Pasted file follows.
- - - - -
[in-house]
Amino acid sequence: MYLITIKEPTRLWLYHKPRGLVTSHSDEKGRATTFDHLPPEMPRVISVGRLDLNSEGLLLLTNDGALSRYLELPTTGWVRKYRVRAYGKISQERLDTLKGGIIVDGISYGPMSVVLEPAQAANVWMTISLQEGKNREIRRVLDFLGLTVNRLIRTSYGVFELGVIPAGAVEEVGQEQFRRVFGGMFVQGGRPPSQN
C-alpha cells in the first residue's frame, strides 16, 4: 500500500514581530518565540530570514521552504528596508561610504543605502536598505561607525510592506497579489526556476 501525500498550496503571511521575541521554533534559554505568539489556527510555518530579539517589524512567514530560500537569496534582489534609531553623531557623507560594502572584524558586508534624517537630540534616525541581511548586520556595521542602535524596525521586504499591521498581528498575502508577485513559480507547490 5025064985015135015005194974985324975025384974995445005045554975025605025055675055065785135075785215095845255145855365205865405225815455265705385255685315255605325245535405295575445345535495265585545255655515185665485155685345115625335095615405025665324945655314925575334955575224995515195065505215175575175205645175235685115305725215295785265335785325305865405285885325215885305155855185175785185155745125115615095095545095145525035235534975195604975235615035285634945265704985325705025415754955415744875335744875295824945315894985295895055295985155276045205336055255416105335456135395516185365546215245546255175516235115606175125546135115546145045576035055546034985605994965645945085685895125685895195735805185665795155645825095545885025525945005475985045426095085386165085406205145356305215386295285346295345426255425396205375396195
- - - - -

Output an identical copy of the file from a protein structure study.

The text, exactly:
[in-house]
Amino acid sequence: MYLITIKEPTRLWLYHKPRGLVTSHSDEKGRATTFDHLPPEMPRVISVGRLDLNSEGLLLLTNDGALSRYLELPTTGWVRKYRVRAYGKISQERLDTLKGGIIVDGISYGPMSVVLEPAQAANVWMTISLQEGKNREIRRVLDFLGLTVNRLIRTSYGVFELGVIPAGAVEEVGQEQFRRVFGGMFVQGGRPPSQN
C-alpha cells in the first residue's frame, strides 16, 4: 500500500514581530518565540530570514521552504528596508561610504543605502536598505561607525510592506497579489526556476 501525500498550496503571511521575541521554533534559554505568539489556527510555518530579539517589524512567514530560500537569496534582489534609531553623531557623507560594502572584524558586508534624517537630540534616525541581511548586520556595521542602535524596525521586504499591521498581528498575502508577485513559480507547490 5025064985015135015005194974985324975025384974995445005045554975025605025055675055065785135075785215095845255145855365205865405225815455265705385255685315255605325245535405295575445345535495265585545255655515185665485155685345115625335095615405025665324945655314925575334955575224995515195065505215175575175205645175235685115305725215295785265335785325305865405285885325215885305155855185175785185155745125115615095095545095145525035235534975195604975235615035285634945265704985325705025415754955415744875335744875295824945315894985295895055295985155276045205336055255416105335456135395516185365546215245546255175516235115606175125546135115546145045576035055546034985605994965645945085685895125685895195735805185665795155645825095545885025525945005475985045426095085386165085406205145356305215386295285346295345426255425396205375396195